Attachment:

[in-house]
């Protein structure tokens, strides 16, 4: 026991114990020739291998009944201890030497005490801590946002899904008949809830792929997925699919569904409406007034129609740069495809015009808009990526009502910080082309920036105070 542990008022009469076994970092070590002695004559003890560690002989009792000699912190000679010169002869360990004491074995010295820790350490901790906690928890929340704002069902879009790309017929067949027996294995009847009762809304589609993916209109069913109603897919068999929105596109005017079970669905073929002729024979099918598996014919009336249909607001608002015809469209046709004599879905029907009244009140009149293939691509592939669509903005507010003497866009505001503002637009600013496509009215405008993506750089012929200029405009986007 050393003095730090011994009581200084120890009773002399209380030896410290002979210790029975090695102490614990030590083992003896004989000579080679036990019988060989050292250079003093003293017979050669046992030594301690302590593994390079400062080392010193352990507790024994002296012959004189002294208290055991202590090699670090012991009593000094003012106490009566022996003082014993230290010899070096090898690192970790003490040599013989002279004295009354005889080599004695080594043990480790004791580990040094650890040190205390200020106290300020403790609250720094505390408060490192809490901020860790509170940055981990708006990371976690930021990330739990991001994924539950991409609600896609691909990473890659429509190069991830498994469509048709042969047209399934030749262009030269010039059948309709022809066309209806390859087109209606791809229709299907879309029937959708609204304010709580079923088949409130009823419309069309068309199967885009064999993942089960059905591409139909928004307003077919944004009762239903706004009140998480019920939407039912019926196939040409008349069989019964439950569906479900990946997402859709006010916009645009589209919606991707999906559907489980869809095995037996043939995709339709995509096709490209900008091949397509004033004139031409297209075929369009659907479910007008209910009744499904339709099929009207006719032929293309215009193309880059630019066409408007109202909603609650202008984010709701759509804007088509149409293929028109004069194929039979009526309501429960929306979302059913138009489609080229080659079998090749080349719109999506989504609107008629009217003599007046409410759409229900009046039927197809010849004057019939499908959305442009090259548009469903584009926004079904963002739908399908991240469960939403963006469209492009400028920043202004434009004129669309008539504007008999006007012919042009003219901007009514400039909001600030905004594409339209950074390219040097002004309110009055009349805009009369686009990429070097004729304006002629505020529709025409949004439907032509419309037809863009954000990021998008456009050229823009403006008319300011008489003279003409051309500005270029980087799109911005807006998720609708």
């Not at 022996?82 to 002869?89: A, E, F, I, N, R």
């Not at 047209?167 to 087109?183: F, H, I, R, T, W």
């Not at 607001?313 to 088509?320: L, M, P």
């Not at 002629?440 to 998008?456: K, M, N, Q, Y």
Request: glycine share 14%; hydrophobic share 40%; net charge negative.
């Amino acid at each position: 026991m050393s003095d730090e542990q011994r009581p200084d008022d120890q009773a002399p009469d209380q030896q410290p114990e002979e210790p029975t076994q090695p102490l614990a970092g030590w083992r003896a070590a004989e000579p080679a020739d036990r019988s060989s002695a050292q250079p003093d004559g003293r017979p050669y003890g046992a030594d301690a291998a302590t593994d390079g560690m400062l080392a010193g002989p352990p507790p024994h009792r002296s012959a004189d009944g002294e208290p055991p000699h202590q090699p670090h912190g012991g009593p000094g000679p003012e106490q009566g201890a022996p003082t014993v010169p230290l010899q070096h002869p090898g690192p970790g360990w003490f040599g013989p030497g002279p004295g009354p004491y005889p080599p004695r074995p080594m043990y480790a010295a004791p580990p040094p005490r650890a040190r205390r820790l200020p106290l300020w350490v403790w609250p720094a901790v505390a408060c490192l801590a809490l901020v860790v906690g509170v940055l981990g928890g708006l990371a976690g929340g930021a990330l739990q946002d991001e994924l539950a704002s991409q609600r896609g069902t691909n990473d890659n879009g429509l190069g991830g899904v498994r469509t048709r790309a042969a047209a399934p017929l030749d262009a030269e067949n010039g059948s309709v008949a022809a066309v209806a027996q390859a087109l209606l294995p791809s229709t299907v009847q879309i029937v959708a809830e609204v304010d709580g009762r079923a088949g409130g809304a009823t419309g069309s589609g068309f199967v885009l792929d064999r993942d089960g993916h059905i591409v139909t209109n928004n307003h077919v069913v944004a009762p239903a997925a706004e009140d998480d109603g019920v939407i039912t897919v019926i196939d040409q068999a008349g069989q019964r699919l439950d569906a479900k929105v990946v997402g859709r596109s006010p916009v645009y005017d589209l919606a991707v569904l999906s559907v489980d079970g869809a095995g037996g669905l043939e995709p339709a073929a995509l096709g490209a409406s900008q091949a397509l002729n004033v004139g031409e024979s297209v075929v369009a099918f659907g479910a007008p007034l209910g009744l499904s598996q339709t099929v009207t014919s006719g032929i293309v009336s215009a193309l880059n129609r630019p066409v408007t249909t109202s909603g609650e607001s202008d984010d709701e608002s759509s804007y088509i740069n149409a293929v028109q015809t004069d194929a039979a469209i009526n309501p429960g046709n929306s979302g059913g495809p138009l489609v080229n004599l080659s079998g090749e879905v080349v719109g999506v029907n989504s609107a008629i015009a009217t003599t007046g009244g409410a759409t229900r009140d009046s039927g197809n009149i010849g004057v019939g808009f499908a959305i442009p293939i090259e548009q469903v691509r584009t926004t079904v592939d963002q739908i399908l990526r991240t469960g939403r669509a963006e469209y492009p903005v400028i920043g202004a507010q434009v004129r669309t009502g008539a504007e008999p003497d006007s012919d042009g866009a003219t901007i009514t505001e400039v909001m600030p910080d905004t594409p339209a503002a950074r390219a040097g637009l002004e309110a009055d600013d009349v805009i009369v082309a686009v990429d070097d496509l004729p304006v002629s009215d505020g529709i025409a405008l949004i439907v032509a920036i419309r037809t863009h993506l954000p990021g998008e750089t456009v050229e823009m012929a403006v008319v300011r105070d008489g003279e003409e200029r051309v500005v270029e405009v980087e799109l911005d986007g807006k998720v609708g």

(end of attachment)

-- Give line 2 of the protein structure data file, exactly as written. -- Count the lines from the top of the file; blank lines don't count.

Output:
């Protein structure tokens, strides 16, 4: 026991114990020739291998009944201890030497005490801590946002899904008949809830792929997925699919569904409406007034129609740069495809015009808009990526009502910080082309920036105070 542990008022009469076994970092070590002695004559003890560690002989009792000699912190000679010169002869360990004491074995010295820790350490901790906690928890929340704002069902879009790309017929067949027996294995009847009762809304589609993916209109069913109603897919068999929105596109005017079970669905073929002729024979099918598996014919009336249909607001608002015809469209046709004599879905029907009244009140009149293939691509592939669509903005507010003497866009505001503002637009600013496509009215405008993506750089012929200029405009986007 050393003095730090011994009581200084120890009773002399209380030896410290002979210790029975090695102490614990030590083992003896004989000579080679036990019988060989050292250079003093003293017979050669046992030594301690302590593994390079400062080392010193352990507790024994002296012959004189002294208290055991202590090699670090012991009593000094003012106490009566022996003082014993230290010899070096090898690192970790003490040599013989002279004295009354005889080599004695080594043990480790004791580990040094650890040190205390200020106290300020403790609250720094505390408060490192809490901020860790509170940055981990708006990371976690930021990330739990991001994924539950991409609600896609691909990473890659429509190069991830498994469509048709042969047209399934030749262009030269010039059948309709022809066309209806390859087109209606791809229709299907879309029937959708609204304010709580079923088949409130009823419309069309068309199967885009064999993942089960059905591409139909928004307003077919944004009762239903706004009140998480019920939407039912019926196939040409008349069989019964439950569906479900990946997402859709006010916009645009589209919606991707999906559907489980869809095995037996043939995709339709995509096709490209900008091949397509004033004139031409297209075929369009659907479910007008209910009744499904339709099929009207006719032929293309215009193309880059630019066409408007109202909603609650202008984010709701759509804007088509149409293929028109004069194929039979009526309501429960929306979302059913138009489609080229080659079998090749080349719109999506989504609107008629009217003599007046409410759409229900009046039927197809010849004057019939499908959305442009090259548009469903584009926004079904963002739908399908991240469960939403963006469209492009400028920043202004434009004129669309008539504007008999006007012919042009003219901007009514400039909001600030905004594409339209950074390219040097002004309110009055009349805009009369686009990429070097004729304006002629505020529709025409949004439907032509419309037809863009954000990021998008456009050229823009403006008319300011008489003279003409051309500005270029980087799109911005807006998720609708």